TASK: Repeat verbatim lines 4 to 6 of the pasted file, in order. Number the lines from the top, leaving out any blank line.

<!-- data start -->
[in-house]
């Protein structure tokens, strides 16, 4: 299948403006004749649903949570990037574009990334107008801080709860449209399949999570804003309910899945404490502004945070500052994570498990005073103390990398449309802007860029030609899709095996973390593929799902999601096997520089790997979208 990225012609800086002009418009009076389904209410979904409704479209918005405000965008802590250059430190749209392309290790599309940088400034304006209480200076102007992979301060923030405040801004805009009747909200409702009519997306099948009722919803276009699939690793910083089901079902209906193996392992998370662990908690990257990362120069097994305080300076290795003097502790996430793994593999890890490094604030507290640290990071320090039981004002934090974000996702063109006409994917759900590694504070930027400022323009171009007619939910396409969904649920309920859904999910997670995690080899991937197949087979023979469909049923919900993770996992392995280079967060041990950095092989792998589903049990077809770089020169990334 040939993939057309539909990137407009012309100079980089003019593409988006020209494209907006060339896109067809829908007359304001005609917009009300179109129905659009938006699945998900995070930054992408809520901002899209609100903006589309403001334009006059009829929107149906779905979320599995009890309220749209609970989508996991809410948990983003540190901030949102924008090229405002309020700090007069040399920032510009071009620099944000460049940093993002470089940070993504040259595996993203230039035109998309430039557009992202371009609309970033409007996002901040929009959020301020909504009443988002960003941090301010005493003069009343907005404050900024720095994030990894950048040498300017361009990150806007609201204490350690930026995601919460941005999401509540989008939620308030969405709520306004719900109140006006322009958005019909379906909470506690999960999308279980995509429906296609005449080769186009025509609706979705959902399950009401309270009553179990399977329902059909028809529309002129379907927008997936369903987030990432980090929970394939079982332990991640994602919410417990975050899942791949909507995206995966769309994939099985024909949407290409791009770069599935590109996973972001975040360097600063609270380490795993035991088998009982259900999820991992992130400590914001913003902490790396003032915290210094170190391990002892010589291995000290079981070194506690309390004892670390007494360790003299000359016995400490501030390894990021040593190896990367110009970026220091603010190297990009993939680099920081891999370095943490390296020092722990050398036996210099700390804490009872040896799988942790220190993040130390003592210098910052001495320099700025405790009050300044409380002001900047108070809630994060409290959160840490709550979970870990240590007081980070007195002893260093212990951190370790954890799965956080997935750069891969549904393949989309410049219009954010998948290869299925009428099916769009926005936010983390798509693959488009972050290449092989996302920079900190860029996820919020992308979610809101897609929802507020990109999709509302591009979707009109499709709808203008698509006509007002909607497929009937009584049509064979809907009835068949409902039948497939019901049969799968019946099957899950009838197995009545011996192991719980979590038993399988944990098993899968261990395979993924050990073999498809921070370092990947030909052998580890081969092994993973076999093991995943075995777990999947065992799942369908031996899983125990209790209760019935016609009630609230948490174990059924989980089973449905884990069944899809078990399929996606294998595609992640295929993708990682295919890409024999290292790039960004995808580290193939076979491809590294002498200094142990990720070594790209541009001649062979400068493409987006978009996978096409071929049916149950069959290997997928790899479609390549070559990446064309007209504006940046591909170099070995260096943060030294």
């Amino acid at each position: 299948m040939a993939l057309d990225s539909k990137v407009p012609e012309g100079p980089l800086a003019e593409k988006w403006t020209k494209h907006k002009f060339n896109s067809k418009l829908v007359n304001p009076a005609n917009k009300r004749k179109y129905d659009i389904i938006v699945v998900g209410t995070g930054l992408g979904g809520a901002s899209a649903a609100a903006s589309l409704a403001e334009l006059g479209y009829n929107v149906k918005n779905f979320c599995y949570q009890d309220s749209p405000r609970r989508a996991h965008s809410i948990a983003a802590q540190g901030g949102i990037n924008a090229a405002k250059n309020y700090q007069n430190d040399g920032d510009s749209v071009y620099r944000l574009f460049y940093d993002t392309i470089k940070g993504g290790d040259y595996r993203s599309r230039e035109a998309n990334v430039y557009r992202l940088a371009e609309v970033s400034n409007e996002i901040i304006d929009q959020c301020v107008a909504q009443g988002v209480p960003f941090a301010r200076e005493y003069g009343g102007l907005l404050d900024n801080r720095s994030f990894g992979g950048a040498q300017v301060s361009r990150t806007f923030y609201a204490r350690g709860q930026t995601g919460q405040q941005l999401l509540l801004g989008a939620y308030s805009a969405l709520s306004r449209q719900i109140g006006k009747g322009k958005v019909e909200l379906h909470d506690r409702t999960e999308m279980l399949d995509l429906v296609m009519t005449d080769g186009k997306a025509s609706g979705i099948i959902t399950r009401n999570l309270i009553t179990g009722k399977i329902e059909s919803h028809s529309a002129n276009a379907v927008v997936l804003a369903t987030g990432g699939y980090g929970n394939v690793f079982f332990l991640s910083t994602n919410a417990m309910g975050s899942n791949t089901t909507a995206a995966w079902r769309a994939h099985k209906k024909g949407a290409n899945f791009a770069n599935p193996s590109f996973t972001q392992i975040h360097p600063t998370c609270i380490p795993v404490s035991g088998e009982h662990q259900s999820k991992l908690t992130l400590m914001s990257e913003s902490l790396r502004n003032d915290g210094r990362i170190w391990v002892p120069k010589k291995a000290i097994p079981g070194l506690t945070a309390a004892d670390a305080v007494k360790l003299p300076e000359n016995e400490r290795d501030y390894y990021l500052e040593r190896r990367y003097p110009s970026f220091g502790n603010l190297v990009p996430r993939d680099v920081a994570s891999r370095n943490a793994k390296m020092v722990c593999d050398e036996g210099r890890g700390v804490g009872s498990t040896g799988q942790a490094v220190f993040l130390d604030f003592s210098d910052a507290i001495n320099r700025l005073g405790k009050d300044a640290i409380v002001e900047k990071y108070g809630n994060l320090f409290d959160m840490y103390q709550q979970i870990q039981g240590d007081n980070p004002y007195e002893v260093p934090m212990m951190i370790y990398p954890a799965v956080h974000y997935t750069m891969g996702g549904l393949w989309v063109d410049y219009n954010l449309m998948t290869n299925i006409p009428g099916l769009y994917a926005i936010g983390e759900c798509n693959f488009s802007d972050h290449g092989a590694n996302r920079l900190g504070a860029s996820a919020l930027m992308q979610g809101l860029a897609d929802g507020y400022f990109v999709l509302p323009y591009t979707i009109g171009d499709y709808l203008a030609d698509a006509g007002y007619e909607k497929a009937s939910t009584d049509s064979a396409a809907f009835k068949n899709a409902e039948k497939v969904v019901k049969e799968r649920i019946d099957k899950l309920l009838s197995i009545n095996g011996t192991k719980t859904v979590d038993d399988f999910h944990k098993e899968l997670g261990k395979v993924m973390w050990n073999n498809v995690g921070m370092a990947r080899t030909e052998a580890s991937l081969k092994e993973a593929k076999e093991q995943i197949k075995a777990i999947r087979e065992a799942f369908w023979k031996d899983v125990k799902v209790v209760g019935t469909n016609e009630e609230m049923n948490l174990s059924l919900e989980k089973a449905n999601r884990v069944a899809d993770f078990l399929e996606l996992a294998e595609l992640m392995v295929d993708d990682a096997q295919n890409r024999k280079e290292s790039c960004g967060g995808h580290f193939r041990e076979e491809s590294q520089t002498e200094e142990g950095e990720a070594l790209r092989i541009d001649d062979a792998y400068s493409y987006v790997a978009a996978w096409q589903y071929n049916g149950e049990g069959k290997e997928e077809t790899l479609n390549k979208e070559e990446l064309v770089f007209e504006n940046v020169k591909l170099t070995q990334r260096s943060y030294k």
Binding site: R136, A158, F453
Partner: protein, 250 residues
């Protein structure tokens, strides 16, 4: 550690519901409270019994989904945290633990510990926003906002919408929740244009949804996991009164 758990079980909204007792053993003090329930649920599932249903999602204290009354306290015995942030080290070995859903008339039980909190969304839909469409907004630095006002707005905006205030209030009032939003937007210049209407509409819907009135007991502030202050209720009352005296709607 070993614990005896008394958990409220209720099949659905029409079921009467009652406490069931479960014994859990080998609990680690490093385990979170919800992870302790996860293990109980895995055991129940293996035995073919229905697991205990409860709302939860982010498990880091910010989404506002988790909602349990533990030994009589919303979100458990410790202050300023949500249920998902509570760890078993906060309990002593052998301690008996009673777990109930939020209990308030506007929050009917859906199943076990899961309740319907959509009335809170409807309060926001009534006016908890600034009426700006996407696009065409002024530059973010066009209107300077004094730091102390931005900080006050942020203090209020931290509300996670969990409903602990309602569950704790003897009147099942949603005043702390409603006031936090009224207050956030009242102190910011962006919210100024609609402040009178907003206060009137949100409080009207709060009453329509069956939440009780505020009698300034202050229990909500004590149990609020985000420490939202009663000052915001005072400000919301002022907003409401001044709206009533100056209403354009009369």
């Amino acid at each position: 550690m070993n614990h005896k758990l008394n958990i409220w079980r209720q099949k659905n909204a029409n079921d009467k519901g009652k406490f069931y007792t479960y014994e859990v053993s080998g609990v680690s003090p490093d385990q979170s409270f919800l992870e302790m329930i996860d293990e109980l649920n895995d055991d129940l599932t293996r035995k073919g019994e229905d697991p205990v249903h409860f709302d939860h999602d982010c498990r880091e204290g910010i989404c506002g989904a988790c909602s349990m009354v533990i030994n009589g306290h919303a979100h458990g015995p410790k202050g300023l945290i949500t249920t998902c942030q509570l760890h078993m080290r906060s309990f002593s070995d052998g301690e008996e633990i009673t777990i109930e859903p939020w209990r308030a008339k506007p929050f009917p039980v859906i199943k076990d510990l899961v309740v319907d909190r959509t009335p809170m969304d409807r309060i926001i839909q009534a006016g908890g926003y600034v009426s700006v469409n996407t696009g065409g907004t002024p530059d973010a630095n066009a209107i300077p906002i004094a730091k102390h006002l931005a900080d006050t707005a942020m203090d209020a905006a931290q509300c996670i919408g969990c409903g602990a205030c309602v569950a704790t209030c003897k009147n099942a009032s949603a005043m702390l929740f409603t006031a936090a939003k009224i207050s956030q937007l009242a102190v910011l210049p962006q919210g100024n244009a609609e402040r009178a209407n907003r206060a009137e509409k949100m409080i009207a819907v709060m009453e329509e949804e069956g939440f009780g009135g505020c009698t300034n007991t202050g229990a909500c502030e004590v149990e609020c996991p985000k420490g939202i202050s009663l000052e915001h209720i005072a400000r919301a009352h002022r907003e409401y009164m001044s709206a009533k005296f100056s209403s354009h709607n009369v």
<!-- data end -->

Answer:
Binding site: R136, A158, F453
Partner: protein, 250 residues
């Protein structure tokens, strides 16, 4: 550690519901409270019994989904945290633990510990926003906002919408929740244009949804996991009164 758990079980909204007792053993003090329930649920599932249903999602204290009354306290015995942030080290070995859903008339039980909190969304839909469409907004630095006002707005905006205030209030009032939003937007210049209407509409819907009135007991502030202050209720009352005296709607 070993614990005896008394958990409220209720099949659905029409079921009467009652406490069931479960014994859990080998609990680690490093385990979170919800992870302790996860293990109980895995055991129940293996035995073919229905697991205990409860709302939860982010498990880091910010989404506002988790909602349990533990030994009589919303979100458990410790202050300023949500249920998902509570760890078993906060309990002593052998301690008996009673777990109930939020209990308030506007929050009917859906199943076990899961309740319907959509009335809170409807309060926001009534006016908890600034009426700006996407696009065409002024530059973010066009209107300077004094730091102390931005900080006050942020203090209020931290509300996670969990409903602990309602569950704790003897009147099942949603005043702390409603006031936090009224207050956030009242102190910011962006919210100024609609402040009178907003206060009137949100409080009207709060009453329509069956939440009780505020009698300034202050229990909500004590149990609020985000420490939202009663000052915001005072400000919301002022907003409401001044709206009533100056209403354009009369």